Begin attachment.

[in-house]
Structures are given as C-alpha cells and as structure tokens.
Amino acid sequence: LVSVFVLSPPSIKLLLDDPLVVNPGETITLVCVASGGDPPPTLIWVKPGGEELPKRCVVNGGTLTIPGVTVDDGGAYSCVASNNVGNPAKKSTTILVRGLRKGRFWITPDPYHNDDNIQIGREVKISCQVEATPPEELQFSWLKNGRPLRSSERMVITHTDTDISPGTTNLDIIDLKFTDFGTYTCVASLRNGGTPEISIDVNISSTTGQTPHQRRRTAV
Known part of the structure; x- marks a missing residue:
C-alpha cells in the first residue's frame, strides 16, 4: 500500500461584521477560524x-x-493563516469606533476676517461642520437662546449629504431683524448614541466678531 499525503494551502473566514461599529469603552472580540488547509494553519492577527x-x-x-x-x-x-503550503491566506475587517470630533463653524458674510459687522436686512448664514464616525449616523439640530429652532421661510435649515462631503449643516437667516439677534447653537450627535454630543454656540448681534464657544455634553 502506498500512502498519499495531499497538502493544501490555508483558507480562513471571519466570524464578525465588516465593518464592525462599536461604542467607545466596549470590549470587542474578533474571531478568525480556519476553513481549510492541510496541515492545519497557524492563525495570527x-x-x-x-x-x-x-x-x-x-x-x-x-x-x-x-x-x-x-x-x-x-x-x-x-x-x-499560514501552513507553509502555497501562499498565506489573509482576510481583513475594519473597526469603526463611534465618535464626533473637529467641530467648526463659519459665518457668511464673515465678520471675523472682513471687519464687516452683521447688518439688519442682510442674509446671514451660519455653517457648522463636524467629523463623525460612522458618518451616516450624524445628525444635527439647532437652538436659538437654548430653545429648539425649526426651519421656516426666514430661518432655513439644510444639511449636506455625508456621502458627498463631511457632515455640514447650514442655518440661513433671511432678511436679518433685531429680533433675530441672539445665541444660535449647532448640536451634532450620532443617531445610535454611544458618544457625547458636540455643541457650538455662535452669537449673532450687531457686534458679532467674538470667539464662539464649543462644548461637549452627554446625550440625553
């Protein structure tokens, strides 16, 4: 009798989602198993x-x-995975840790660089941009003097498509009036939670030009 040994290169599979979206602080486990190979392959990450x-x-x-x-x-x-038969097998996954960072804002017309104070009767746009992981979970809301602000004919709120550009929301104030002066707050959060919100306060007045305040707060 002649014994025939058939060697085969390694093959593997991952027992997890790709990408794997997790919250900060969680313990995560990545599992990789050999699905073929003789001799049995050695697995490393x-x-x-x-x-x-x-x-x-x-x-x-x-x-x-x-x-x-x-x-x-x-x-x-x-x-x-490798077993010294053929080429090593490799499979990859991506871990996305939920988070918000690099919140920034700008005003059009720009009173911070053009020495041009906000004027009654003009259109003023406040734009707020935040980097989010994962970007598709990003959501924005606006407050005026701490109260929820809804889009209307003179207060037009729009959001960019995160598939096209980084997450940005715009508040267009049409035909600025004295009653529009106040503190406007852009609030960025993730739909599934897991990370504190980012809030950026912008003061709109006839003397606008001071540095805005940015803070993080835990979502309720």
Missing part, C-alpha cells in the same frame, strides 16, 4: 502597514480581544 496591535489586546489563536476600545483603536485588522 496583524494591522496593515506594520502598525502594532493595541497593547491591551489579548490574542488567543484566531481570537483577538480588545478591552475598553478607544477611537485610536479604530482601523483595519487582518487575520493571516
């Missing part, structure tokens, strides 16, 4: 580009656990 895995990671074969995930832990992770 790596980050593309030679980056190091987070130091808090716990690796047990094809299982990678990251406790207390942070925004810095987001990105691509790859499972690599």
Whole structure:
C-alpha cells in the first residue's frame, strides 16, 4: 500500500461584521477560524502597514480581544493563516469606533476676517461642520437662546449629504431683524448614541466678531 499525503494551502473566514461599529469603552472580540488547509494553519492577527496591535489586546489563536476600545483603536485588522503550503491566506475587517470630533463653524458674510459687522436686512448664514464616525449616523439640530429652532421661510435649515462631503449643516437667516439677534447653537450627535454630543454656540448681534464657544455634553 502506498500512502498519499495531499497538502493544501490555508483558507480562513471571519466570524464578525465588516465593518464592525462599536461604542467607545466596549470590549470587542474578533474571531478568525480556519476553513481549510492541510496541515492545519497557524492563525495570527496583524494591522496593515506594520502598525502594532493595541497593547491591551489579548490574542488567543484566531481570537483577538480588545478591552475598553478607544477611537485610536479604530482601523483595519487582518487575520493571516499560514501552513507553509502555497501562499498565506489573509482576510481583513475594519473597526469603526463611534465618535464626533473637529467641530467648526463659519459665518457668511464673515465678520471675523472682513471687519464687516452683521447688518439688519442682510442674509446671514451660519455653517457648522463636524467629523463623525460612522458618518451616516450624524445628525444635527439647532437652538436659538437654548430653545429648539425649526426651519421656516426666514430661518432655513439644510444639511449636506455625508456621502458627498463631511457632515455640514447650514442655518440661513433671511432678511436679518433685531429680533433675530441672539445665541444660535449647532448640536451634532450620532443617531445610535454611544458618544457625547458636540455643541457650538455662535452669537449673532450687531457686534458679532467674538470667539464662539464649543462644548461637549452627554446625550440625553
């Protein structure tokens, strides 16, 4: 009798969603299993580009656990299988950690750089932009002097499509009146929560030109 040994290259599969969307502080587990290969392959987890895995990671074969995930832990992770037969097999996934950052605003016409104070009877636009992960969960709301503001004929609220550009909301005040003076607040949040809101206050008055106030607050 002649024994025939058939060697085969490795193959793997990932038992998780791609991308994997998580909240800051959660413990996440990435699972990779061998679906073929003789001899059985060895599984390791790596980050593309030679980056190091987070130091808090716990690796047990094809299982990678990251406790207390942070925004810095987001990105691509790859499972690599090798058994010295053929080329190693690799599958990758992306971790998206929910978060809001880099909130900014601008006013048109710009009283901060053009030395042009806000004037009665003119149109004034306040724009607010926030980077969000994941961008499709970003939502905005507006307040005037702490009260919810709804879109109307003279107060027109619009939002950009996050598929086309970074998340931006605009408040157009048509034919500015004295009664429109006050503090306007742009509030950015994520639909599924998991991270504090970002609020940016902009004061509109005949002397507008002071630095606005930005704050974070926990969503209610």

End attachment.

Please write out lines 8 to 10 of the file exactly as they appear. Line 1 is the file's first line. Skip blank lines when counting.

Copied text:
């Missing part, structure tokens, strides 16, 4: 580009656990 895995990671074969995930832990992770 790596980050593309030679980056190091987070130091808090716990690796047990094809299982990678990251406790207390942070925004810095987001990105691509790859499972690599």
Whole structure:
C-alpha cells in the first residue's frame, strides 16, 4: 500500500461584521477560524502597514480581544493563516469606533476676517461642520437662546449629504431683524448614541466678531 499525503494551502473566514461599529469603552472580540488547509494553519492577527496591535489586546489563536476600545483603536485588522503550503491566506475587517470630533463653524458674510459687522436686512448664514464616525449616523439640530429652532421661510435649515462631503449643516437667516439677534447653537450627535454630543454656540448681534464657544455634553 502506498500512502498519499495531499497538502493544501490555508483558507480562513471571519466570524464578525465588516465593518464592525462599536461604542467607545466596549470590549470587542474578533474571531478568525480556519476553513481549510492541510496541515492545519497557524492563525495570527496583524494591522496593515506594520502598525502594532493595541497593547491591551489579548490574542488567543484566531481570537483577538480588545478591552475598553478607544477611537485610536479604530482601523483595519487582518487575520493571516499560514501552513507553509502555497501562499498565506489573509482576510481583513475594519473597526469603526463611534465618535464626533473637529467641530467648526463659519459665518457668511464673515465678520471675523472682513471687519464687516452683521447688518439688519442682510442674509446671514451660519455653517457648522463636524467629523463623525460612522458618518451616516450624524445628525444635527439647532437652538436659538437654548430653545429648539425649526426651519421656516426666514430661518432655513439644510444639511449636506455625508456621502458627498463631511457632515455640514447650514442655518440661513433671511432678511436679518433685531429680533433675530441672539445665541444660535449647532448640536451634532450620532443617531445610535454611544458618544457625547458636540455643541457650538455662535452669537449673532450687531457686534458679532467674538470667539464662539464649543462644548461637549452627554446625550440625553